Who shot a man in Reno …

“C’mon, walk it off, y’sissy. …”

… just to watch him die?

Hint: It wasn’t Johnny Cash. Not this time.

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20 Responses to “Who shot a man in Reno …”

  1. JD Dallager Says:

    Adam Smith’s Invisible Hand is alive and well…..and strikes again, eh?

  2. Pat O'Brien Says:

    Is that the first domino to fall?

  3. Kenny McCarthy Says:

    When was the last time anyone wrote an order at Interbike?

    • Patrick O'Grady Says:

      Good question. Post-show I’d always hear the same old story: “Sure, this year the numbers were down, but there were fewer shop rats and more serious people.”

      I think the idea of Interbike remained strong. A “gathering of the tribes.” But the actuality? Not so much.

  4. larryatcycleitalia Says:

    One of my industry amici predicted this when the Reno move was announced in ‘Vegas a few years back. If a retail shop sells stuff from the Big S, T or G their shops are crammed full of bikes and accessories from these brands and some of those bigs even bully the shops into NOT having much else to compete with their products.
    So what is Interbike for? The bigs skip it and put on their own shows to lock up all the retailer’s money (and credit) before the little guys at Interbike have a chance. And then the retail shops wonder why their customers shop online?
    And it ain’t just in the US of A, I had a heck of time finding anything other than big brand stuff even in Rome a few years back! Yep, in Italy where so much of the cool cycling stuff is made (or at least designed and marketed) shops were crammed full of bikes and accessories with the big brand names on them. I’d say, “Mamma mia, we’re in f–king Italy, don’t you have anything ITALIAN in here?” and they’d just shake their heads.

    • Pat O'Brien Says:

      Wow, Larry, I didn’t expect to hear that. Interesting. The big three might be in trouble when Jeff introduces the Bezos Big Bear full suspension cross country mountain bike. How about the Tesla Transcontinental touring bike? The Elon Etna time trial bike? The Jeffrey Ventoux road racer.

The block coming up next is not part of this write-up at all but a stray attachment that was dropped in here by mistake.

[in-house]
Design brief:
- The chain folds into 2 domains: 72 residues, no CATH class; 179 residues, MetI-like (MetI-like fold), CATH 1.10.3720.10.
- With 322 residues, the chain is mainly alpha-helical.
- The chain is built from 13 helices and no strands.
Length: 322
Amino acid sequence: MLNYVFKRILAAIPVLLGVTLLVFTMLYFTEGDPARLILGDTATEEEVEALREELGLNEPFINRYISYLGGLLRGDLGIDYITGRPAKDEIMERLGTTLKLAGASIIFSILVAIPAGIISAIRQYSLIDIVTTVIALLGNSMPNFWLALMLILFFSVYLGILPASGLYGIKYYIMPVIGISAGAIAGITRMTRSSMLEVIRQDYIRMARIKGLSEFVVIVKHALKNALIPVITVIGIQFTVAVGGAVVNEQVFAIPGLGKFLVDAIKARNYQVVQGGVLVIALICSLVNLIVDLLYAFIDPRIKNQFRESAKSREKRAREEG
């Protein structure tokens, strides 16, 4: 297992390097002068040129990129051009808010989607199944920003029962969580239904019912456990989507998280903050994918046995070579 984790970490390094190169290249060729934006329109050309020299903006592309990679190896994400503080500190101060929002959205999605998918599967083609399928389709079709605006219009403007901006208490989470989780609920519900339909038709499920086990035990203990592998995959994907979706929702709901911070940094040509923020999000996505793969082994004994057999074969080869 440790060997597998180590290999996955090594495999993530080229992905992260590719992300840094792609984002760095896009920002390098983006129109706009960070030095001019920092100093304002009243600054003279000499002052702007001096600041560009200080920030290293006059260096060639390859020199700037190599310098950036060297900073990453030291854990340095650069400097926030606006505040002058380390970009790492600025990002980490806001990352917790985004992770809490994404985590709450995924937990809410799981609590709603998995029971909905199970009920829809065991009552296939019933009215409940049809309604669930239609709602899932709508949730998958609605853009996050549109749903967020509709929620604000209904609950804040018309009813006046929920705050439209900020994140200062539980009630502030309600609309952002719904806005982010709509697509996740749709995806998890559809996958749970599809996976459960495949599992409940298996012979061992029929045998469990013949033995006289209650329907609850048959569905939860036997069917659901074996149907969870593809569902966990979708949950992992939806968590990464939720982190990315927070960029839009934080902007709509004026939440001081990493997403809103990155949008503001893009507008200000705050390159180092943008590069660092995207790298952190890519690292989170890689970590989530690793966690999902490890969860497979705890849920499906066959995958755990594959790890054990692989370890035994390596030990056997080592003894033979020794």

• larryatcycleitalia Says:

        All of it? Or something specific? I doubt guys like Bezos or Musk give a rats-a__ about cycling unless maybe it’s a mass-transit kind of thing that could mine the pockets of just about anyone.

    • Steve O Says:

      Very popular Lee’s Cyclery closed up this summer. Quietly. They had at least three stores in town, which was probably one too many. A store on or near campus made sense, then another for folks who like to shop apart from smelly college kids … that was probably the natural order.

      The weird thing is, they didn’t actually close. They rebranded at Trek Factory Stores. Which seems like a strange move. Why would Trek want to pick up day to day ops? Let someone else deal with manning the cash register and cleaning the windows, not to mention dealing with inventory.

      You wanna compete with Bezos, seems like the way to go is one store per metro for assembly and pick up while you move towards e-commerce for sales

      Anyone else see anything like this?

  5. khal spencer Says:

  6. GeekonaBike (@GeekonaBike) Says:

    I’d say it looks to be a great time to bring back a Catus Cup type event to the Desert SW. Baring that turn the 24 in Old Pueblo into a week long series of events.

    • Patrick O'Grady Says:

      I always enjoyed the Cactus Cup. It was always a great excuse to visit the desert during snowtime in Bibleburg. And it still seems to be around.